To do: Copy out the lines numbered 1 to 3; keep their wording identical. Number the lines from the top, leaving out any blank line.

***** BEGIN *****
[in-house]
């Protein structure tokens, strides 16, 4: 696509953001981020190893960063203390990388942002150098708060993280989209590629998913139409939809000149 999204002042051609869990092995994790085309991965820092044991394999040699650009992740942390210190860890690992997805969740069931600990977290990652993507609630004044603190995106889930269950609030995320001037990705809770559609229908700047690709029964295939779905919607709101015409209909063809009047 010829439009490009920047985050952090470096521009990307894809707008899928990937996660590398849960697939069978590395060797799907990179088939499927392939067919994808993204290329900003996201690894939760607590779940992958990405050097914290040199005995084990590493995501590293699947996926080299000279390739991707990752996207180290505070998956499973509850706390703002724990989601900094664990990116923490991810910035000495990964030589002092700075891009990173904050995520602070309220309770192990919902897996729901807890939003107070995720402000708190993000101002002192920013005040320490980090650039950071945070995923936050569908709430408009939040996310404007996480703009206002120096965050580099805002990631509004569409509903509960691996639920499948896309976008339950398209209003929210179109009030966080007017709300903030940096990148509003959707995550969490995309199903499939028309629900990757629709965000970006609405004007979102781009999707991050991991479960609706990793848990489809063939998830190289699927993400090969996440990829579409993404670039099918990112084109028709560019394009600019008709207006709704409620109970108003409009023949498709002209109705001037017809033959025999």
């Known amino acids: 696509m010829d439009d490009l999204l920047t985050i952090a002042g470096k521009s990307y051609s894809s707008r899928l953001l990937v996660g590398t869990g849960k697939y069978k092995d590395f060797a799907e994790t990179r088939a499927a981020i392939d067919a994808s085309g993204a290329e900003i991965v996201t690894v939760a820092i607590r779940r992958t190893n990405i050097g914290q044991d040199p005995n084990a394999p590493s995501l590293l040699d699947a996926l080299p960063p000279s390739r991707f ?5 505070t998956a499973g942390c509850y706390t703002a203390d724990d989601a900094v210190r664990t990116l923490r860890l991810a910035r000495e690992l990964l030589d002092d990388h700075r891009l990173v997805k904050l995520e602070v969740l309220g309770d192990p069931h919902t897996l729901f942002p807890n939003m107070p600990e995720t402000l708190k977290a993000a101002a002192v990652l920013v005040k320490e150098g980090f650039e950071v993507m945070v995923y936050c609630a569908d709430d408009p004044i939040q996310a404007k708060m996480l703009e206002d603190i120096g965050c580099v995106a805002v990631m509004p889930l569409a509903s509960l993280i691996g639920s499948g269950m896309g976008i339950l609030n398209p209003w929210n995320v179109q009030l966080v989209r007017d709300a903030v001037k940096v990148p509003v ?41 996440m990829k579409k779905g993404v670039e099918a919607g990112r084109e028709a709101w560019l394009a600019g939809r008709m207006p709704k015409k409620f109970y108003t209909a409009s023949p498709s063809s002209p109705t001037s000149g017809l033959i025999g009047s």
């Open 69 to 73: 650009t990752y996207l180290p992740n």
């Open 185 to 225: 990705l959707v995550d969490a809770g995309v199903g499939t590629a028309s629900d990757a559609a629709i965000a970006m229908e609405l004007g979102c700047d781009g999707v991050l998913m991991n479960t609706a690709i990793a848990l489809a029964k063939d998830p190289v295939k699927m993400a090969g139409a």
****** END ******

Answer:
[in-house]
């Protein structure tokens, strides 16, 4: 696509953001981020190893960063203390990388942002150098708060993280989209590629998913139409939809000149 999204002042051609869990092995994790085309991965820092044991394999040699650009992740942390210190860890690992997805969740069931600990977290990652993507609630004044603190995106889930269950609030995320001037990705809770559609229908700047690709029964295939779905919607709101015409209909063809009047 010829439009490009920047985050952090470096521009990307894809707008899928990937996660590398849960697939069978590395060797799907990179088939499927392939067919994808993204290329900003996201690894939760607590779940992958990405050097914290040199005995084990590493995501590293699947996926080299000279390739991707990752996207180290505070998956499973509850706390703002724990989601900094664990990116923490991810910035000495990964030589002092700075891009990173904050995520602070309220309770192990919902897996729901807890939003107070995720402000708190993000101002002192920013005040320490980090650039950071945070995923936050569908709430408009939040996310404007996480703009206002120096965050580099805002990631509004569409509903509960691996639920499948896309976008339950398209209003929210179109009030966080007017709300903030940096990148509003959707995550969490995309199903499939028309629900990757629709965000970006609405004007979102781009999707991050991991479960609706990793848990489809063939998830190289699927993400090969996440990829579409993404670039099918990112084109028709560019394009600019008709207006709704409620109970108003409009023949498709002209109705001037017809033959025999």
């Known amino acids: 696509m010829d439009d490009l999204l920047t985050i952090a002042g470096k521009s990307y051609s894809s707008r899928l953001l990937v996660g590398t869990g849960k697939y069978k092995d590395f060797a799907e994790t990179r088939a499927a981020i392939d067919a994808s085309g993204a290329e900003i991965v996201t690894v939760a820092i607590r779940r992958t190893n990405i050097g914290q044991d040199p005995n084990a394999p590493s995501l590293l040699d699947a996926l080299p960063p000279s390739r991707f ?5 505070t998956a499973g942390c509850y706390t703002a203390d724990d989601a900094v210190r664990t990116l923490r860890l991810a910035r000495e690992l990964l030589d002092d990388h700075r891009l990173v997805k904050l995520e602070v969740l309220g309770d192990p069931h919902t897996l729901f942002p807890n939003m107070p600990e995720t402000l708190k977290a993000a101002a002192v990652l920013v005040k320490e150098g980090f650039e950071v993507m945070v995923y936050c609630a569908d709430d408009p004044i939040q996310a404007k708060m996480l703009e206002d603190i120096g965050c580099v995106a805002v990631m509004p889930l569409a509903s509960l993280i691996g639920s499948g269950m896309g976008i339950l609030n398209p209003w929210n995320v179109q009030l966080v989209r007017d709300a903030v001037k940096v990148p509003v ?41 996440m990829k579409k779905g993404v670039e099918a919607g990112r084109e028709a709101w560019l394009a600019g939809r008709m207006p709704k015409k409620f109970y108003t209909a409009s023949p498709s063809s002209p109705t001037s000149g017809l033959i025999g009047s």